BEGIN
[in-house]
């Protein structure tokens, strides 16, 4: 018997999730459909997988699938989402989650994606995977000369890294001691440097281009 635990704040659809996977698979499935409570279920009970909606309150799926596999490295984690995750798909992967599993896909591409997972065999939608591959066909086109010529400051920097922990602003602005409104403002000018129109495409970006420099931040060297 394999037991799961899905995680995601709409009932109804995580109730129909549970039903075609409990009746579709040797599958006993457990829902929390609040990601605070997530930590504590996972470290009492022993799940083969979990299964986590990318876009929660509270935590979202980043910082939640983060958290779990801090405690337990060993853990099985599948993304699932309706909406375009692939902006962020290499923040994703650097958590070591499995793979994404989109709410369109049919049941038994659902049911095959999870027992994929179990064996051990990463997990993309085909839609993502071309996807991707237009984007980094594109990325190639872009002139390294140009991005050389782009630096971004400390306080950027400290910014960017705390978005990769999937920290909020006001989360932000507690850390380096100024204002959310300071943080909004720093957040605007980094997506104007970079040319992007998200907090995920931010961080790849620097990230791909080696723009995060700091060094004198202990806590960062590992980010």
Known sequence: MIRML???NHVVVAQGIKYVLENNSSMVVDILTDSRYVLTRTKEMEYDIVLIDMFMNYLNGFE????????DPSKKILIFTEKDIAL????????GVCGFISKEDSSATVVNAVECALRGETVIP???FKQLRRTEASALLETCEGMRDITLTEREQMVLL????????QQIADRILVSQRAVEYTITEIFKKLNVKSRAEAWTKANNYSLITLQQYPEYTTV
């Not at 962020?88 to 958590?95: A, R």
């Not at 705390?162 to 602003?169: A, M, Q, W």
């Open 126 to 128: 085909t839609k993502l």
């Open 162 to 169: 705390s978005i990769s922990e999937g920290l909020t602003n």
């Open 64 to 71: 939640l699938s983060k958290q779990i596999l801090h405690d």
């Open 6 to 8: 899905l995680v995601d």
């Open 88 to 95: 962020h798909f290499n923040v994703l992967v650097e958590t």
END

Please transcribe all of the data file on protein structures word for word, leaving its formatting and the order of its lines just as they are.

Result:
[in-house]
């Protein structure tokens, strides 16, 4: 018997999730459909997988699938989402989650994606995977000369890294001691440097281009 635990704040659809996977698979499935409570279920009970909606309150799926596999490295984690995750798909992967599993896909591409997972065999939608591959066909086109010529400051920097922990602003602005409104403002000018129109495409970006420099931040060297 394999037991799961899905995680995601709409009932109804995580109730129909549970039903075609409990009746579709040797599958006993457990829902929390609040990601605070997530930590504590996972470290009492022993799940083969979990299964986590990318876009929660509270935590979202980043910082939640983060958290779990801090405690337990060993853990099985599948993304699932309706909406375009692939902006962020290499923040994703650097958590070591499995793979994404989109709410369109049919049941038994659902049911095959999870027992994929179990064996051990990463997990993309085909839609993502071309996807991707237009984007980094594109990325190639872009002139390294140009991005050389782009630096971004400390306080950027400290910014960017705390978005990769999937920290909020006001989360932000507690850390380096100024204002959310300071943080909004720093957040605007980094997506104007970079040319992007998200907090995920931010961080790849620097990230791909080696723009995060700091060094004198202990806590960062590992980010």
Known sequence: MIRML???NHVVVAQGIKYVLENNSSMVVDILTDSRYVLTRTKEMEYDIVLIDMFMNYLNGFE????????DPSKKILIFTEKDIAL????????GVCGFISKEDSSATVVNAVECALRGETVIP???FKQLRRTEASALLETCEGMRDITLTEREQMVLL????????QQIADRILVSQRAVEYTITEIFKKLNVKSRAEAWTKANNYSLITLQQYPEYTTV
């Not at 962020?88 to 958590?95: A, R």
């Not at 705390?162 to 602003?169: A, M, Q, W």
């Open 126 to 128: 085909t839609k993502l």
């Open 162 to 169: 705390s978005i990769s922990e999937g920290l909020t602003n």
């Open 64 to 71: 939640l699938s983060k958290q779990i596999l801090h405690d």
């Open 6 to 8: 899905l995680v995601d």
């Open 88 to 95: 962020h798909f290499n923040v994703l992967v650097e958590t």